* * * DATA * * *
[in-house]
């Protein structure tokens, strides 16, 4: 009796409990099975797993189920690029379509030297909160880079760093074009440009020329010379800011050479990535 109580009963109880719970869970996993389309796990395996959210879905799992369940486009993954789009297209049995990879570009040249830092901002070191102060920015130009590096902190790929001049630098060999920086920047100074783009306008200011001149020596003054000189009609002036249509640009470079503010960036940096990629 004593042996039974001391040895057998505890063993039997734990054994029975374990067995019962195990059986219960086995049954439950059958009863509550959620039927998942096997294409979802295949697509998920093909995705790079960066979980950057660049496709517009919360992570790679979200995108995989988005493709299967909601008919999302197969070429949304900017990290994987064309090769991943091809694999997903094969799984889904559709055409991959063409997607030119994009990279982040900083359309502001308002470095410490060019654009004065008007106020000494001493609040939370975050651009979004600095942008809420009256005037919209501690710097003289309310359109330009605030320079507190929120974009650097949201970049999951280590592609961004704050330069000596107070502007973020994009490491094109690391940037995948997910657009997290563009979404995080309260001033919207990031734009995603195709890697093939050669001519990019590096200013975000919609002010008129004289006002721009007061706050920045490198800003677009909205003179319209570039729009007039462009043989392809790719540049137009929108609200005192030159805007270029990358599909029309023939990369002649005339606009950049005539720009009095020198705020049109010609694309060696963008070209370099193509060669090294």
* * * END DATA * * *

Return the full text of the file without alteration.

[in-house]
């Protein structure tokens, strides 16, 4: 009796409990099975797993189920690029379509030297909160880079760093074009440009020329010379800011050479990535 109580009963109880719970869970996993389309796990395996959210879905799992369940486009993954789009297209049995990879570009040249830092901002070191102060920015130009590096902190790929001049630098060999920086920047100074783009306008200011001149020596003054000189009609002036249509640009470079503010960036940096990629 004593042996039974001391040895057998505890063993039997734990054994029975374990067995019962195990059986219960086995049954439950059958009863509550959620039927998942096997294409979802295949697509998920093909995705790079960066979980950057660049496709517009919360992570790679979200995108995989988005493709299967909601008919999302197969070429949304900017990290994987064309090769991943091809694999997903094969799984889904559709055409991959063409997607030119994009990279982040900083359309502001308002470095410490060019654009004065008007106020000494001493609040939370975050651009979004600095942008809420009256005037919209501690710097003289309310359109330009605030320079507190929120974009650097949201970049999951280590592609961004704050330069000596107070502007973020994009490491094109690391940037995948997910657009997290563009979404995080309260001033919207990031734009995603195709890697093939050669001519990019590096200013975000919609002010008129004289006002721009007061706050920045490198800003677009909205003179319209570039729009007039462009043989392809790719540049137009929108609200005192030159805007270029990358599909029309023939990369002649005339606009950049005539720009009095020198705020049109010609694309060696963008070209370099193509060669090294």